Federal Detention Center - Houston
Federal Detention Center - Houston, or FDC Houston, is an 11-story administrative security facility in downtown Houston that houses a total of 676 male and female offenders of all security levels. FDC Houston is used to house inmates that are in the pre-trial stage or those that are on rollover status.
Inmates detained at FDC Houston are housed in one of four housing units. Each housing unit has a different bunk arrangement from two-person cells to more open living in a dormitory.
This Federal institution was opened in 1999. Since those doors opened and this facility became fully operational, its most notable incident would be a conspiracy to kidnap and kill US District Judge Ricardo Hinojosa.
In 2006, inmate Joel Lopez was sentenced by Judge Hinojosa to life in prison for a drug conviction. According to the indictment, Lopez approached an inmate that was getting ready to be released, and offered him two million dollars in exchange for the murders of Hinojosa and another unnamed woman that was in debt to him prior to his incarceration.
Alleged instructions were to contact Lopez’s wife for details on exactly what needed to be done and how to do it. In the end, Lopez pleaded guilty of conspiracy to commit kidnapping and murder-for-hire adding another life sentence, giving him a total of two life sentences in prison. Lopez’s wife plead guilty to the same charge and testified against her husband in exchange for a much shorter sentence of nine years.
Federal Detention Center - Houston
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Visiting Hours and Rules
Visiting hours for FDC Houston occur on a rotating basis, according to the unit in which the inmate is assigned. Please touch base with your loved one before you show up for a visit to ensure you arrive at the designated visiting time.
The basic structure set for visits is Thursdays, Fridays, Saturdays, Sundays, Mondays, and Federal Holidays from 8:00 am to 11:00 am and 12:00 pm to 3:00 pm.
On Mondays and Thursdays, there is also a visiting time of 5:00 pm to 8:00 pm.
You must contact your loved one for a more specific time frame.
The maximum of visitors allowed per inmate is four. This number includes children.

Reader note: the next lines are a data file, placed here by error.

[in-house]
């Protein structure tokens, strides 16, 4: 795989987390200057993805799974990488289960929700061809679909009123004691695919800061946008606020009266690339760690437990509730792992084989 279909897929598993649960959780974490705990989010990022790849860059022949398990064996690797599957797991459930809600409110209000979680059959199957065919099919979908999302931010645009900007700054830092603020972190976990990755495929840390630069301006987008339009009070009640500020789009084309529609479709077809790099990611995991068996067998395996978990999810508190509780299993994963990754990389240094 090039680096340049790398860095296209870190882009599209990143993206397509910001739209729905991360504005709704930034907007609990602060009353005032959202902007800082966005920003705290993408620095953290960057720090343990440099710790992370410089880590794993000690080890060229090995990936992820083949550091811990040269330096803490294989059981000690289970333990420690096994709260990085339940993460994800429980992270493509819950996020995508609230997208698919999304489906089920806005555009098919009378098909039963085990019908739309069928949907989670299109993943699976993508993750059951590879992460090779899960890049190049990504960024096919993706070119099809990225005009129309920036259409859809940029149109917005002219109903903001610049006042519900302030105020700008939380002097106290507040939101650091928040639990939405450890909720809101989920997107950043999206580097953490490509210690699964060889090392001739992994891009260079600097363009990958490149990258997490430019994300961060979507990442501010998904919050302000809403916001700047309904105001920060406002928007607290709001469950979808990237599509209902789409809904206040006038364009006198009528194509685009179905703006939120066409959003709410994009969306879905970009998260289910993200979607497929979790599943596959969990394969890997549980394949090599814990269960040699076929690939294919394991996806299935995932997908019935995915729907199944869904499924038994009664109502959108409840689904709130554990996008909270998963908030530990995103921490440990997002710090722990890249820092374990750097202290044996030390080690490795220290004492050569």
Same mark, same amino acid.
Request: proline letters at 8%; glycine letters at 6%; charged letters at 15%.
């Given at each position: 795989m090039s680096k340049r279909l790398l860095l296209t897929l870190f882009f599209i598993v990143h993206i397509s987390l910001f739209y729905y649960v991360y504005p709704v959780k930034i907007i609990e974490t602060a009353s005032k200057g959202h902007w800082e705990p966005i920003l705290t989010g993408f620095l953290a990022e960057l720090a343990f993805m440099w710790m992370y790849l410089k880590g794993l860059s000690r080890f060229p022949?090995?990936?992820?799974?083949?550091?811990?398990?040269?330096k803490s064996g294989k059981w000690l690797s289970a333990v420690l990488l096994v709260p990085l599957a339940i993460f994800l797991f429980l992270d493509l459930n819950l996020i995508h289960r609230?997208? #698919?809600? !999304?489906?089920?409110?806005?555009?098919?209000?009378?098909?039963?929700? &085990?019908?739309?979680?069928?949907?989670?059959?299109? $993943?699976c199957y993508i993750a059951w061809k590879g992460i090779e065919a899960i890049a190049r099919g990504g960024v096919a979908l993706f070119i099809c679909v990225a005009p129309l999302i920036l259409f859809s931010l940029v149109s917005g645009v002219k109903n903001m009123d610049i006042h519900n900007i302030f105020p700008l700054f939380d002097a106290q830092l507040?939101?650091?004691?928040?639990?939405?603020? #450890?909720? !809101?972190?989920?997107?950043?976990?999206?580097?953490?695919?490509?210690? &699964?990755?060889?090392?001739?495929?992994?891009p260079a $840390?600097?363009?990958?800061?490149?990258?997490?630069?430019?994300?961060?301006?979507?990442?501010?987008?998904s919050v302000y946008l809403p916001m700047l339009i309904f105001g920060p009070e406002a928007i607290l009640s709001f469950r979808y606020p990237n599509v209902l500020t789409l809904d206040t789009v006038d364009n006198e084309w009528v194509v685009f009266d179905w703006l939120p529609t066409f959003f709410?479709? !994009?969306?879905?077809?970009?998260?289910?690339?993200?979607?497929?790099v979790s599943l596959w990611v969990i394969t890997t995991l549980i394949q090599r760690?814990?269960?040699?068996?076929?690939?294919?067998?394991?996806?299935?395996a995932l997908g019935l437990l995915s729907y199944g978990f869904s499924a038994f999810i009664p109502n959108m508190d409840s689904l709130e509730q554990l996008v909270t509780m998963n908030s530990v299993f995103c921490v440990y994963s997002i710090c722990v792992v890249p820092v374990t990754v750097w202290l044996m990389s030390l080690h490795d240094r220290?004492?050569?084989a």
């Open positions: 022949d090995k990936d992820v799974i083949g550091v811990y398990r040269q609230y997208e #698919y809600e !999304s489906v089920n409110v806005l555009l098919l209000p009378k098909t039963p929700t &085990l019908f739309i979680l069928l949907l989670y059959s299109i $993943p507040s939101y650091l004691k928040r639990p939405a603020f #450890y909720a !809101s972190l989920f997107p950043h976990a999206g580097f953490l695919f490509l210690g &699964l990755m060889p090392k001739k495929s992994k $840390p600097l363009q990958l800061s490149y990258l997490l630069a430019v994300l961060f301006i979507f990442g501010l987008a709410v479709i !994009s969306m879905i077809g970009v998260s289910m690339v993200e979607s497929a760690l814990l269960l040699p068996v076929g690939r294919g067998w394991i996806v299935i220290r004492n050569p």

Getting on the Approved Visit List
Authorized visitors who can visit an inmate include family, friends, and associates. You can't visit an inmate unless he puts you on the visiting list.
Everyone must fill out a visitor form, and they must have a relationship with the inmate prior to incarceration. If a potential visitor does not have a prior relationship with the inmate, their request will be reviewed by the warden.
Once the inmate requests to add someone to their visit list, a correctional counselor will provide them with a visiting form, and the inmate is responsible for mailing these out and letting the potential visitor know that they need to fill out the form and return it to the institution staff.
The unit team will do a background check and determine if a visitor application is approved. They make their decision based on constructive and security factors. The process takes about a week, and the unit staff will notify the inmate when the requested visitor is approved or refused.
It is the inmate’s responsibility to notify the visitor of the decision, and the process is the same for both adult and minor visitors.
Basic Visit Procedures and Rules
If you are 16 years of age or older, you must bring a valid photo ID with you to the visit, like a state or federal ID card, driver's license, or current passport. Birth certificates are not valid forms of ID.
All visitors are subject to a visual and pat search by an officer. You will also be scanned by a metal detector.
Any item you bring into the facility will be opened and searched by a staff member, and anyone who refuses a search of themselves or their property will not be allowed to visit with the inmate.
Visitors may bring the following items into the institution:
- Infant care items consisting of one pacifier, two diapers, five diaper wipes, one clearsee-through baby bottle with contents, and one infant size blanket, in a one gallonclear zip lock bag. No other bags are allowed.
- Necessary medication such as asthma sprayer or nitroglycerin tablets
Visitors are not authorized to bring any item into the institution to give to an inmate. Lockers are not available to visitors for the storage of personal items not allowed in the institution. These items must be returned to the inmate visitor's personal vehicle.
Cell phones, pagers, cameras, or devices of any type are not authorized inside the institution.
Visitors should dress within the bounds of good taste and should not wear clothing which would offend others who may be present in the visiting room.
- Adult visitors will not be allowed to wear
- Revealing shorts or sun dresses
- Halter tops, bathing suits, see-through garments of any type
- Crop tops, low cut blouses or dresses, leotards, spandex, or miniskirts
- Backless tops, hats or caps, any sleeveless garment
- Any skirt approximately two inches or more above the knee
- Any dress or skirt with a high cut split in the back or front or side
- Any clothing similar to inmate clothing such as khaki or green military type clothing